I am held in the pause of this moment
Our tickets to the Decemberists at the Kettlehouse amphitheater and Missoula became a wonderful eight day back roads trip through Southwestern Montana. This glorious state can take a lifetime to explore… We never tire of the back roads of Montana. I took my felting projects and think it is such an easy interest to take in the trailer. I wrote my haiku‘s and did watercolors each morning, and felted in the evenings. The pause of these moments kept me present to the beauty surrounding us.
• Started with two days in Helena to visit kids and grandkids
Visited the Archie Bray, and the Holter. Helena is such a beautiful city. Caitlin and Austin are awesome hosts. So fun to hang with them!
• Third day we stayed on Rock Creek, ate at the awesome Stage Coach Café. Attended the concert at the Kettlehouse and it was fabulous! The Decemberists are such a fun, entertaining band. We hung out in Missoula a day, of course I went to Radius art gallery and 111. Fun shopping! Golfed 18 holes at the Ranch golf course. It was windy but fun. FORE! 19th hole was Old Bull Brewery. The kids have done such an awesome job with the brewery, and the beer is stellar! Stayed at Theresa‘s and saw the 4 kids.
•From Missoula we went on down the Bitterroot Valley, my favorite valley in Montana. After living in Hamilton, I am always nostalgic for the area. We spent an evening at Lost Trail Hot Springs, the water was pure silk, in fact The evening was pure magic. The sunset reflecting on the water, the mountains and trees, the pure air and the pure water… The spring is fed from Yellowstone Lake in Yellowstone park, pretty amazing.
• Onto Wisdom, Wise River, we even dug for crystals at Crystal Park. Dillon was as pretty as ever. Going through the big hole we stopped at the battle ground of the Nez Perce massacre. It is such a haunting Meadow… We attended the anniversary commemoration of the massacre. Some of the elders sang and circle drummed. The drumming felt as the heartbeat of our earth mother. I felt shame for the white peoples atrocities upon the natives.
•Witnessed beaver slide in operation. The hay is so heavy in the Big Hole it’s almost mind-boggling. What a fertile area. I’m not sure but I think the area is one of the last remaining Beaverslide hay operators… It was really Interesting to watch. Those stacks have got to be 10 times the height of the workers.
•Spent time in Ennis, Joe did some fly fishing. We woke up to the Madison River and to the stunning mountains. Such eye candy! Had to stop in Benji‘s, such memories from their time when they were in Bozeman. Their jewelry got me through all my work in years lol.
•Stopped in Bozeman. That town is so interesting… Talk about people watching…
•On Home, had to see how our garden was doing and it is doing well! The deer had taken a bite or two out of a few tomatoes but that was about all the damage done.
Happy times come and go,
Grandma Party 🎨💦🎨year #4!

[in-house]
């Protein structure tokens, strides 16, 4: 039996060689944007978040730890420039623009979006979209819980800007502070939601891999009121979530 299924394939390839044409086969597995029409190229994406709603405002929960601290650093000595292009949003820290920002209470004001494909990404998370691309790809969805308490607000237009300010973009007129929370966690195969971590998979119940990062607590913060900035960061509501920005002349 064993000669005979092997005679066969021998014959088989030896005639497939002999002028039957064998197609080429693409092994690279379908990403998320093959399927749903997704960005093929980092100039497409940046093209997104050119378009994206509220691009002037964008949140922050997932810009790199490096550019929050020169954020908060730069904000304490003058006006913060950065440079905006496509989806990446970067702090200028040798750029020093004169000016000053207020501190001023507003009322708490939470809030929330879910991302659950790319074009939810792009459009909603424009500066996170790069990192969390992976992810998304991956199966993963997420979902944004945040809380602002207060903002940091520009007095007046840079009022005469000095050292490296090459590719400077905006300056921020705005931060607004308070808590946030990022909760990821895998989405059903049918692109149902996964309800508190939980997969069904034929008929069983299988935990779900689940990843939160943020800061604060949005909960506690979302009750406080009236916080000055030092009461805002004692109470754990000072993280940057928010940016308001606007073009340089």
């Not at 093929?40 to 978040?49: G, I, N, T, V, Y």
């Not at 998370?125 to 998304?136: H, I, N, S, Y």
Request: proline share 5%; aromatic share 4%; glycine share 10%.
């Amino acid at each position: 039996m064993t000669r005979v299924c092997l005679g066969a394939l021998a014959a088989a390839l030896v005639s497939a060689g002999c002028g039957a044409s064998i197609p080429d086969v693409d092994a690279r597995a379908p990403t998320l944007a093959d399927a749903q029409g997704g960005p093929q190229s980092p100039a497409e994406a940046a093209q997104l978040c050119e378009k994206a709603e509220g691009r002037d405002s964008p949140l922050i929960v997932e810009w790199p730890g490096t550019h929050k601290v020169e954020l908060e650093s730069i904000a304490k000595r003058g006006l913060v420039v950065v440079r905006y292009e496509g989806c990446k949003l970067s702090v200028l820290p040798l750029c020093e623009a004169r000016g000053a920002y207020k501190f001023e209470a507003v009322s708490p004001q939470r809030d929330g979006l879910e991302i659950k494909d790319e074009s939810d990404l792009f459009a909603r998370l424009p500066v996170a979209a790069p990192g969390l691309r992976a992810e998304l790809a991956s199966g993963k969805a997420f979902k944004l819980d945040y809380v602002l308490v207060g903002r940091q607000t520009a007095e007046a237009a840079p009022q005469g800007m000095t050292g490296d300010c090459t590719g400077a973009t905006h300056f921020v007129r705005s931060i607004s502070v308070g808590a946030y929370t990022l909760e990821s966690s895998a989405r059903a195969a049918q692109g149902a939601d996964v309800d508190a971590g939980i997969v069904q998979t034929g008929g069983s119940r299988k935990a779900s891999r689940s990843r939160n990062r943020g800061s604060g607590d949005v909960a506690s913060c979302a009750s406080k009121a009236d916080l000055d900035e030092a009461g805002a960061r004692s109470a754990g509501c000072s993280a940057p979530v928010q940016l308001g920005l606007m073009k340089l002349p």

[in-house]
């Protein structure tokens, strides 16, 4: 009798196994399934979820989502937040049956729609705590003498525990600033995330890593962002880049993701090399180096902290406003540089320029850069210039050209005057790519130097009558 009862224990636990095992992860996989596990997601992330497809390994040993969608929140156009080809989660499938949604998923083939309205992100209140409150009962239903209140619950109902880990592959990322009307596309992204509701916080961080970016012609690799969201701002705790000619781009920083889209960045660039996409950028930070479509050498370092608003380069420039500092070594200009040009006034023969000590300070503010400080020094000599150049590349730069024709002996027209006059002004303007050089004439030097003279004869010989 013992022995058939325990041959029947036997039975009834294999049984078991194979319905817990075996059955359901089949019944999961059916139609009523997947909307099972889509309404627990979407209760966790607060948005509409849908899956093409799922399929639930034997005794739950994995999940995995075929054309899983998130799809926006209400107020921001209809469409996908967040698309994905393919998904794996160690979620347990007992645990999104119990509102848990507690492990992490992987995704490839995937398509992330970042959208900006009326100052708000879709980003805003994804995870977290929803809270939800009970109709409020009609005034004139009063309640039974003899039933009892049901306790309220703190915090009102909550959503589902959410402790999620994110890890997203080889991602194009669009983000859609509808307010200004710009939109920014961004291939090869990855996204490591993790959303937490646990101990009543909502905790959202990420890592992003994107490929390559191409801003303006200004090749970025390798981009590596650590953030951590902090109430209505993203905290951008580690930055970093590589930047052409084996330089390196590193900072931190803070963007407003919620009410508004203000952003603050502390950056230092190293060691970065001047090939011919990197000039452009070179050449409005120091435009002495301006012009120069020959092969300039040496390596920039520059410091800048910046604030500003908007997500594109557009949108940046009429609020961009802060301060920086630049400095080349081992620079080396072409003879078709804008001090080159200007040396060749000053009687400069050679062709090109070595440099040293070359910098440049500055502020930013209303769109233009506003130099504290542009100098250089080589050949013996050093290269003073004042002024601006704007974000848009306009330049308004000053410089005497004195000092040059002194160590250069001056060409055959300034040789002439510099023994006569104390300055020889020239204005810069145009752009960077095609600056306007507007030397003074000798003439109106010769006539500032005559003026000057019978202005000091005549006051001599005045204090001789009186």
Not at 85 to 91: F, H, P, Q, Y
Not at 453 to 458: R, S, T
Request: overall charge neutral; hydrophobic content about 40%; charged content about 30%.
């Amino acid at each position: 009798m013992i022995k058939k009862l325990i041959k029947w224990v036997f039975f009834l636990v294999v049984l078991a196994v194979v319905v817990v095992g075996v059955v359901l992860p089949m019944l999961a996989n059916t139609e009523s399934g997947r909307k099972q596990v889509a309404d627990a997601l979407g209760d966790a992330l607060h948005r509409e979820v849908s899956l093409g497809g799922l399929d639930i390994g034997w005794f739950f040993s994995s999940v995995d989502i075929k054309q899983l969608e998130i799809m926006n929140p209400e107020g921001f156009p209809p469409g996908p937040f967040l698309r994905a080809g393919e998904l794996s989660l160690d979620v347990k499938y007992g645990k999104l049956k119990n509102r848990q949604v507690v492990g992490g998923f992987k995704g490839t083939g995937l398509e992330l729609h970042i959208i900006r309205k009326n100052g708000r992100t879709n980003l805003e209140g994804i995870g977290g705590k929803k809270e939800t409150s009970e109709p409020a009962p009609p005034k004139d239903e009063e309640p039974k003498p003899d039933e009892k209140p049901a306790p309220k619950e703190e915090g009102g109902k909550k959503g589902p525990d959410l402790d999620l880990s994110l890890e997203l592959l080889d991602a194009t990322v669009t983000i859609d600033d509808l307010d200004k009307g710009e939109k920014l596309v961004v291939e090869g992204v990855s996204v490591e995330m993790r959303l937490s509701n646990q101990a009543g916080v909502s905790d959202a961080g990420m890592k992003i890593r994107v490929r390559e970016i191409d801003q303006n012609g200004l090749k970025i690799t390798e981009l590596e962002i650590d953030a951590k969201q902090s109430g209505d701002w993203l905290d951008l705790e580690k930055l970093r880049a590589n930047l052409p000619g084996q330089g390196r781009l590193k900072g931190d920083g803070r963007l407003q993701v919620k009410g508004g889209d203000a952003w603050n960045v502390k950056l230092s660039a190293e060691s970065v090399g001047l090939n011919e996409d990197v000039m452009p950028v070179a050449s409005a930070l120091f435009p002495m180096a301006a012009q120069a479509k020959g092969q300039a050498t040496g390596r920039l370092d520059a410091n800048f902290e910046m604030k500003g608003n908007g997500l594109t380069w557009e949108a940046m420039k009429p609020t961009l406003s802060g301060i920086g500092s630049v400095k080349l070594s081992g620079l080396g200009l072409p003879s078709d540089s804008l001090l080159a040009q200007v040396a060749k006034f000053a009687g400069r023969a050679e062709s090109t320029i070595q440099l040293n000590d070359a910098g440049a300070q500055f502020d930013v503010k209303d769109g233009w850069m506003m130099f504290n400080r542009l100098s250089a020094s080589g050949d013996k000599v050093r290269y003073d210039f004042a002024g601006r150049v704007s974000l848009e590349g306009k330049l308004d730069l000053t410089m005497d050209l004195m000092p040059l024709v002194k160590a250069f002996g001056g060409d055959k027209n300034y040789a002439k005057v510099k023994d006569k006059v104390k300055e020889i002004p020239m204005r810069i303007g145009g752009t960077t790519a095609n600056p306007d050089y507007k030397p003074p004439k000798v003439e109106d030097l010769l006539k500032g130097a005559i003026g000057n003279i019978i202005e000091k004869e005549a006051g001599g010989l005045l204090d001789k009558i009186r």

Time and space being relevant, the grandkids are growing up so fast- sprouts!
Violet and Owen came to the gathering this year from Houston and Bea and Olivia will be the Italian travelers next year.
Candy, sweets, ice cream… all the goodies at the top of the food pyramid were on the menu. Did I mention Nutella sandwich’s?😉😎grammas are notorious for that! Such a fun time.
The waterfight was epic, the little kids didn’t know the grammas aim was so spot on!!! Scavenger hunt, pour paint, water balloons giant bubbles, tepee…
“Imagine all the people you meet in your life. There are so many. They come in like waves, trickling in and out with the tide. Some waves are much bigger and make more of an impact than others. Sometimes the waves bring with them things from deep in the bottom of the sea and they leave those things tossed onto the shore. Imprints against the grains of sand that prove the waves had once been there, long after the tide recedes. Just keep swimming, swimming, swimming.”
― Colleen Hoover, It Ends with Us
YUTORI…”It’s a kind of living with spaciousness”
“I just came back from Japan a month ago, and in every classroom, I would just write on the board, “You are living in a poem.” And then I would write other things just relating to whatever we were doing in that class. But I found the students very intrigued by discussing that. “What do you mean, we’re living in a poem?” Or, “When? All the time, or just when someone talks about poetry?” And I’d say, “No, when you think, when you’re in a very quiet place, when you’re remembering, when you’re savoring an image, when you’re allowing your mind calmly to leap from one thought to another, that’s a poem. That’s what a poem does.” And they liked that.
And a girl, in fact, wrote me a note in Yokohama on the day that I was leaving her school that has come to be the most significant note any student has written me in years. She said, “Well, here in Japan, we have a concept called ‘Yutori.’ And it is spaciousness. It’s a kind of living with spaciousness. For example, it’s leaving early enough to get somewhere so that you know you’re going to arrive early, so when you get there, you have time to look around." And then she gave all these different definitions of what Yutori was to her.
But one of them was — "and after you read a poem just knowing you can hold it, you can be in that space of the poem. And it can hold you in its space. And you don’t have to explain it. You don’t have to paraphrase it. You just hold it, and it allows you to see differently." – Naomi Shihab Nye
As a working artist/retired art educator, I've always lived the artful life. Let's share!